• Strategies and incentives to develop the sector need to reflect the available substrates for biomethane production, the specific costs for the improved access of substrates and gas provision. Since the investment has usually long amortisation periods, the duration of temporal guarantee of the incentive is highly important. Biomethane can contribute but not meet the full demand for renewable gases. Therefore, interaction and compatibility with other renewable gases such as hydrogen (H2) is recommended. Technologies which can be combined with biomethane plants – such as Power-to-gas – need to be included in the strategy to capitalize on synergies and enable most benefit in regards of greenhouse gas abatement, considering existing and needed infrastructure (e.g., natural gas grids).
  • Biogas upgrading to biomethane is also a valid source of CO2 for bioenergy with carbon capture and sequestration (BECCS) which achieves negative CO2 balances, and for bioenergy with carbon capture and utilization (BECCU) which can deliver CO2-neutral products.


Report 2 – Status and perspectives of non-biogenic renewable gases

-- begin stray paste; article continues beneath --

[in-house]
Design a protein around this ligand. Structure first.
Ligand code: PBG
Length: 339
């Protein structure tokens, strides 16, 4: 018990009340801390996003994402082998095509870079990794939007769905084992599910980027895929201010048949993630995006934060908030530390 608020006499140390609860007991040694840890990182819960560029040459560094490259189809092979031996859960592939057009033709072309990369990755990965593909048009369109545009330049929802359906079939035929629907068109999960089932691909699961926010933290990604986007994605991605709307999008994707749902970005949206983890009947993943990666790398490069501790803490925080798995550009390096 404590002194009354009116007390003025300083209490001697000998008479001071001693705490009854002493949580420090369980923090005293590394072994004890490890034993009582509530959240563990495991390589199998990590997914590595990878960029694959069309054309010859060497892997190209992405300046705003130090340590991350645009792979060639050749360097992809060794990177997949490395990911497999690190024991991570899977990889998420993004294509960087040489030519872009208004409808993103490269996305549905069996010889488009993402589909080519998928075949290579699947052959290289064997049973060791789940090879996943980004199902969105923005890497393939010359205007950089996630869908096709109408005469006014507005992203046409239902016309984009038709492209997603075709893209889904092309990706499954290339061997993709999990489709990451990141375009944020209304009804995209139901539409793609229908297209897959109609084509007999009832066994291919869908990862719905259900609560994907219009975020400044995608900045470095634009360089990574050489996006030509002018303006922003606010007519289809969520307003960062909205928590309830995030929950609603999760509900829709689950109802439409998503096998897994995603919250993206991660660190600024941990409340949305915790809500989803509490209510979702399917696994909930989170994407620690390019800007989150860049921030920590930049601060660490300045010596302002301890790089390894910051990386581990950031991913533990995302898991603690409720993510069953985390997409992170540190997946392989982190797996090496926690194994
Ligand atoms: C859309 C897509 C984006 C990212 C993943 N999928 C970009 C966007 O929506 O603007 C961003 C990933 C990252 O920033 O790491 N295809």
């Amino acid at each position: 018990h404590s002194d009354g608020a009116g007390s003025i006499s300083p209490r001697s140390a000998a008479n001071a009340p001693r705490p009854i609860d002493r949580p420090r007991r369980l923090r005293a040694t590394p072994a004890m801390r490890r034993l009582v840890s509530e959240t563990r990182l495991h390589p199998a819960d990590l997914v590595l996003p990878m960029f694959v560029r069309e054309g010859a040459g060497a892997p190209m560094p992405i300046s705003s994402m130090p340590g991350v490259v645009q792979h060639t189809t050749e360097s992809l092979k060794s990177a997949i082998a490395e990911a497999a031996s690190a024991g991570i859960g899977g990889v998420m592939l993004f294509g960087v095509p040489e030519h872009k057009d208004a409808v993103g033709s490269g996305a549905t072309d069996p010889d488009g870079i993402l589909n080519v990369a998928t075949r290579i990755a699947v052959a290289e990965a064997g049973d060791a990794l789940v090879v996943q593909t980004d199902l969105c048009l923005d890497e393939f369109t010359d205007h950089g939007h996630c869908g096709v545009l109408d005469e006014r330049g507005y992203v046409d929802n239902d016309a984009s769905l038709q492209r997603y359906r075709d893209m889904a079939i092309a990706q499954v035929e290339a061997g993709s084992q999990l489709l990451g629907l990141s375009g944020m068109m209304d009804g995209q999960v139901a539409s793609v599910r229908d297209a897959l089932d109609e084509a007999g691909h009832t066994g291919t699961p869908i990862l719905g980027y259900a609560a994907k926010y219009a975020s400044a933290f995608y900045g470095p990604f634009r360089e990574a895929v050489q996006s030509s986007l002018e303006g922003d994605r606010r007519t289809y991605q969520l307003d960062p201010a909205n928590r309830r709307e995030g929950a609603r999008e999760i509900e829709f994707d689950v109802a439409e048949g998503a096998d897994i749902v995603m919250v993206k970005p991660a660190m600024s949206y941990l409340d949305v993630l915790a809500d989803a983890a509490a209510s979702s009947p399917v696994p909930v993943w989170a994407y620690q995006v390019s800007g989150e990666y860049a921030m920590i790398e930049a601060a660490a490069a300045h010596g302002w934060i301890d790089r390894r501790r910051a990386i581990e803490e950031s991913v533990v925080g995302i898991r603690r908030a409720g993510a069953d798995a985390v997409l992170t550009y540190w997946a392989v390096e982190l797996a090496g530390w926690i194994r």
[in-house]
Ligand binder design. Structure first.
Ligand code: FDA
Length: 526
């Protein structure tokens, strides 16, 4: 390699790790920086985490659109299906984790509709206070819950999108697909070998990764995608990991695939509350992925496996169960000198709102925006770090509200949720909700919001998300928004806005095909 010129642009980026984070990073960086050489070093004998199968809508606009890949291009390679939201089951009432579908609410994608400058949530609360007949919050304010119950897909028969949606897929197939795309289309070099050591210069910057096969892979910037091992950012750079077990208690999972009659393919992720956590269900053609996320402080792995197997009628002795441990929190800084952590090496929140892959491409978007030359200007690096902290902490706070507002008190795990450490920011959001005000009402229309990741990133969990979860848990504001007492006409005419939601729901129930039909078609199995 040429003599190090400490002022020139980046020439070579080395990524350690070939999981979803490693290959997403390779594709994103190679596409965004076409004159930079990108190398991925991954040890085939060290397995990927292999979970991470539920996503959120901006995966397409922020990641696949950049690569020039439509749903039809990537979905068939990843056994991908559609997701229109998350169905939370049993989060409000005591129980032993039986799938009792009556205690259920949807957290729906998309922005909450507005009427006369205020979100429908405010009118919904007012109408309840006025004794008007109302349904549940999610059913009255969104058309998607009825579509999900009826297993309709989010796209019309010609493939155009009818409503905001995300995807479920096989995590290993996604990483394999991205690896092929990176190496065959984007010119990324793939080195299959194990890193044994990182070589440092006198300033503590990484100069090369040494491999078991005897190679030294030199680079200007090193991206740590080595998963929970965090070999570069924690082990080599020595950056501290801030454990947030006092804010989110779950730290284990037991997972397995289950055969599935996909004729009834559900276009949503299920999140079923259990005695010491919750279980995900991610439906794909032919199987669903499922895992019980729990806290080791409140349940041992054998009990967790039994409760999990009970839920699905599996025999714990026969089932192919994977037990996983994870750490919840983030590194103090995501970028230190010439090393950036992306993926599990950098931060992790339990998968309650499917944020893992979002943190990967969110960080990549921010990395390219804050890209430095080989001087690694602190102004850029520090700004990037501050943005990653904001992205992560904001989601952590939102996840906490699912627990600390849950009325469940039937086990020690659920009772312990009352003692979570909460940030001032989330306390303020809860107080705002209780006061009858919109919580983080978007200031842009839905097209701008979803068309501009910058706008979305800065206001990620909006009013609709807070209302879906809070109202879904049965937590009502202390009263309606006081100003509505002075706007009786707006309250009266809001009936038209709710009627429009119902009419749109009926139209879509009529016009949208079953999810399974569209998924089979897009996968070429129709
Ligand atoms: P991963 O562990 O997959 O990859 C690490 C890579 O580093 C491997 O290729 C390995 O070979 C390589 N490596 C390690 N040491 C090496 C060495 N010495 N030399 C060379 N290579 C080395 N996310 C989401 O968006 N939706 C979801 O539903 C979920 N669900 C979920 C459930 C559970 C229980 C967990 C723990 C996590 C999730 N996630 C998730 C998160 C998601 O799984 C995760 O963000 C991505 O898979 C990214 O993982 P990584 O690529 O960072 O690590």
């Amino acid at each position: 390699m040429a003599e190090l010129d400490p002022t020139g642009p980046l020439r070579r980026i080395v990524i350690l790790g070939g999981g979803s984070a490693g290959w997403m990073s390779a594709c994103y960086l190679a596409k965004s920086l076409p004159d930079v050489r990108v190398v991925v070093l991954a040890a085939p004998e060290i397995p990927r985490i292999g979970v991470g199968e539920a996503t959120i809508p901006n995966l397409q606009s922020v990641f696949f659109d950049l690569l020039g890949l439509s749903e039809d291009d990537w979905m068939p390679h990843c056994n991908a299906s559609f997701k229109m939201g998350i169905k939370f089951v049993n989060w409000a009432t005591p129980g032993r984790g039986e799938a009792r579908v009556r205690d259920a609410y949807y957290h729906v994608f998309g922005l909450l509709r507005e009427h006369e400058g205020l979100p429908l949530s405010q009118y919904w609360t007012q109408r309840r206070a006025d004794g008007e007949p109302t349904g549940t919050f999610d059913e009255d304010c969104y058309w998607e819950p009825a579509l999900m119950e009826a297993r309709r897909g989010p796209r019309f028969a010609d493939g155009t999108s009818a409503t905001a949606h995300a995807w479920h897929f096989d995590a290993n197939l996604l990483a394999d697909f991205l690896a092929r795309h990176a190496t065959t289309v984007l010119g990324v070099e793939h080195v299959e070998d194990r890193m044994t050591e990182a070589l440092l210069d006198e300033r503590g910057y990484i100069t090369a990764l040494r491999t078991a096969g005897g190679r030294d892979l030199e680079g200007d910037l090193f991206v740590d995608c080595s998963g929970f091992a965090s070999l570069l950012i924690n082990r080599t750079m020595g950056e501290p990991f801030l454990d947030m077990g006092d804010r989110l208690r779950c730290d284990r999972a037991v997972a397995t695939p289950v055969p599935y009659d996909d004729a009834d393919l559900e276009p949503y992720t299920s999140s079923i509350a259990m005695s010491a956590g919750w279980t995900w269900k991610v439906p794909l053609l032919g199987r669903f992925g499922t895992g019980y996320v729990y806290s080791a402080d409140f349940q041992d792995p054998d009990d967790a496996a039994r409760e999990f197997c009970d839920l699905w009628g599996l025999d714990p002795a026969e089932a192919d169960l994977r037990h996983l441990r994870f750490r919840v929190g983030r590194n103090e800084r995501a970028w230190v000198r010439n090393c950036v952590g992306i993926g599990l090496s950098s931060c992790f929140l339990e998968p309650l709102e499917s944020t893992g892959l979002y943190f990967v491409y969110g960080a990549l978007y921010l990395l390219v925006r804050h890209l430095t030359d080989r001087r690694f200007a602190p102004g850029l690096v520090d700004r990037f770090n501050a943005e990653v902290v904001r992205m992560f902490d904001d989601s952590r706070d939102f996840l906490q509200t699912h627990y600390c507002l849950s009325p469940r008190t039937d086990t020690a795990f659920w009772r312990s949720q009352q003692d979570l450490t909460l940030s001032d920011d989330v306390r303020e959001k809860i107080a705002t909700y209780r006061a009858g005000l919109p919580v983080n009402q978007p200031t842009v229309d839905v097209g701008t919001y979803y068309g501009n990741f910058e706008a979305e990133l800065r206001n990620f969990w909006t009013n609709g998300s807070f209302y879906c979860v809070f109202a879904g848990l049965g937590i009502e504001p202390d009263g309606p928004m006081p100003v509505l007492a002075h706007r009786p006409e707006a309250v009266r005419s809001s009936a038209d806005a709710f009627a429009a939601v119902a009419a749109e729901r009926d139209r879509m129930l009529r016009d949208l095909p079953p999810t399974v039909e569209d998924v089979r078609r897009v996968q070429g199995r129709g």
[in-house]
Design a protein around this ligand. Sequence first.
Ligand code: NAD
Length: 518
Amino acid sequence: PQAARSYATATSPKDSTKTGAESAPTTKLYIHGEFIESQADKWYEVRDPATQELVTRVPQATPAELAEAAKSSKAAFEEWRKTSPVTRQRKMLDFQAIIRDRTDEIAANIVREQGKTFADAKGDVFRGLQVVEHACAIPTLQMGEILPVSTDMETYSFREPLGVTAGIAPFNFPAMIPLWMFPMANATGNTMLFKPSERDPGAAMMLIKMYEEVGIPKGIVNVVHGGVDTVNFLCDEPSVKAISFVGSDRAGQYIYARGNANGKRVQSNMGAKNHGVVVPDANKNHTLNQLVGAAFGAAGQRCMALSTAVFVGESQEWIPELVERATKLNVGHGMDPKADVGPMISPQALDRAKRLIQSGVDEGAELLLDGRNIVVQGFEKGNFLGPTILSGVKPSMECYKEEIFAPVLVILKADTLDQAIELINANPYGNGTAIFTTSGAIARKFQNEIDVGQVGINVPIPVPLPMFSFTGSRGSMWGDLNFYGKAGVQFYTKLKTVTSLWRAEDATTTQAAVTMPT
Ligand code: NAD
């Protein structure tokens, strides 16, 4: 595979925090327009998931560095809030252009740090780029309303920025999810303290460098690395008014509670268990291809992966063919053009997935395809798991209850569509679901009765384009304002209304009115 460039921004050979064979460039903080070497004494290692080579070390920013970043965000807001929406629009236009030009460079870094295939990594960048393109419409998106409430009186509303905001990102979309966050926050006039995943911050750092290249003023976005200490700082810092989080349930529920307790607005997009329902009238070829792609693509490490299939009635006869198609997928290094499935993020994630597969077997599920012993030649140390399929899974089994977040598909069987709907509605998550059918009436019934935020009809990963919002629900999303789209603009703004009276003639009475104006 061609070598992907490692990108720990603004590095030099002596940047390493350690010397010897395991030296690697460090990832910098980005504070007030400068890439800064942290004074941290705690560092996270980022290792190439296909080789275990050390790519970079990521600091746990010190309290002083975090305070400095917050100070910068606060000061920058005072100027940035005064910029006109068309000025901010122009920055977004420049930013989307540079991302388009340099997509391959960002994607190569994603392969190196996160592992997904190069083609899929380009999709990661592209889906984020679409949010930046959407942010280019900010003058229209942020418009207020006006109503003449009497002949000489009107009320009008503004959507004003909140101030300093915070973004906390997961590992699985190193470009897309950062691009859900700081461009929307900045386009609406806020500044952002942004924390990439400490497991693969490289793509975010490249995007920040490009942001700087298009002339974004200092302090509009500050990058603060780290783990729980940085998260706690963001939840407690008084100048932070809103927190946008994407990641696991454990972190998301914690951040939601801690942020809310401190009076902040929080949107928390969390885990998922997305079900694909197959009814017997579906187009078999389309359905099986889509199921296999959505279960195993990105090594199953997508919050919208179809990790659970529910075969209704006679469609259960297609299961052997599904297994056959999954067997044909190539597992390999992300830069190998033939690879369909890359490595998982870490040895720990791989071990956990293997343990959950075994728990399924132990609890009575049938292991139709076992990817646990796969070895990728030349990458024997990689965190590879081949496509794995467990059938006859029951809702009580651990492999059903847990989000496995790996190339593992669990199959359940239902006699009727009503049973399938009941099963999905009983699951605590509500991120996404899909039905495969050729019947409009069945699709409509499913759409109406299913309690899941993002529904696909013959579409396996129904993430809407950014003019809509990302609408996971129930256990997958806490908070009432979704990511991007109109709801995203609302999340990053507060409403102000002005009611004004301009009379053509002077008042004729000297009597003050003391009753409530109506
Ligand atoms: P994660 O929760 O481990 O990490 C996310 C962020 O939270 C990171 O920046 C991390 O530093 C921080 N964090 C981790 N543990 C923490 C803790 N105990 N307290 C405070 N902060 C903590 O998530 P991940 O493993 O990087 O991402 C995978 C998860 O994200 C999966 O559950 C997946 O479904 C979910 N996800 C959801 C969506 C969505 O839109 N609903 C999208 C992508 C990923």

Report 2 – Status and perspectives of non-biogenic renewable gases

  • As indicated, interaction of biomethane with other renewable gases from non-biogenic sources is recommended. Non-biogenic renewable gas, encompassing hydrogen (H2) produced by electrolysis powered by renewable electricity and potential subsequent methanation with captured CO2 (power-to-gas) are potentially important routes to decarbonisation of energy and chemical feedstock use, especially in hard-to-abate sectors. A growing number of countries have released national hydrogen strategies that seek to position hydrogen in their decarbonisation plans.
  • Most strategies focused on green hydrogen have common themes including: an expectation that the first deployment of green hydrogen will be in industries that already consume fossil-derived hydrogen such as oil refining, and fertilizer and chemicals production; a focus on heavy duty transport such as buses and trucks; a focus on the co-benefits of hydrogen use including reduced GHG emissions, improved air quality, reduced reliance on fossil fuel imports.
  • The use of excess electricity as the sole power source for electrolysis is shown to be cost ineffective due to the low electrolyser capacity factors caused by the infrequency of excess electricity availability. On the other hand, the economic and environmental feasibility of using grid electricity to maintain high electrolyser capacity factor show strong dependences on regional factors including the price of grid electricity, its GHG intensity and the relative price of renewable electricity generation.